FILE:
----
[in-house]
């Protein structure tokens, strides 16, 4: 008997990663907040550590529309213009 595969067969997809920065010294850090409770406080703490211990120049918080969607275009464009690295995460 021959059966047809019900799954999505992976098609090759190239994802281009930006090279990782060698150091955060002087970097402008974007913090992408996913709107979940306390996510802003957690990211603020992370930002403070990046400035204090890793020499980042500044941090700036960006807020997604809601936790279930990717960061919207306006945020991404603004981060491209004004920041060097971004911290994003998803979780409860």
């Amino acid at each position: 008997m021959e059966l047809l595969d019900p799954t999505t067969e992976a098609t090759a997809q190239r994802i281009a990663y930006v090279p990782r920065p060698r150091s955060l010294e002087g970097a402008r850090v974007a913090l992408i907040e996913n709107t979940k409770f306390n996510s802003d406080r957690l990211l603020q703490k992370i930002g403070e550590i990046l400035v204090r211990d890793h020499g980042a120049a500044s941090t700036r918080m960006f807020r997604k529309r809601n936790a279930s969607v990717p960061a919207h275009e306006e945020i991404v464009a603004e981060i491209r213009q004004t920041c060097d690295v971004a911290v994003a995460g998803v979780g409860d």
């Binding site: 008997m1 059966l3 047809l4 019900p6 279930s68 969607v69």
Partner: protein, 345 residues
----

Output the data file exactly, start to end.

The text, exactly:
[in-house]
């Protein structure tokens, strides 16, 4: 008997990663907040550590529309213009 595969067969997809920065010294850090409770406080703490211990120049918080969607275009464009690295995460 021959059966047809019900799954999505992976098609090759190239994802281009930006090279990782060698150091955060002087970097402008974007913090992408996913709107979940306390996510802003957690990211603020992370930002403070990046400035204090890793020499980042500044941090700036960006807020997604809601936790279930990717960061919207306006945020991404603004981060491209004004920041060097971004911290994003998803979780409860």
């Amino acid at each position: 008997m021959e059966l047809l595969d019900p799954t999505t067969e992976a098609t090759a997809q190239r994802i281009a990663y930006v090279p990782r920065p060698r150091s955060l010294e002087g970097a402008r850090v974007a913090l992408i907040e996913n709107t979940k409770f306390n996510s802003d406080r957690l990211l603020q703490k992370i930002g403070e550590i990046l400035v204090r211990d890793h020499g980042a120049a500044s941090t700036r918080m960006f807020r997604k529309r809601n936790a279930s969607v990717p960061a919207h275009e306006e945020i991404v464009a603004e981060i491209r213009q004004t920041c060097d690295v971004a911290v994003a995460g998803v979780g409860d």
């Binding site: 008997m1 059966l3 047809l4 019900p6 279930s68 969607v69």
Partner: protein, 345 residues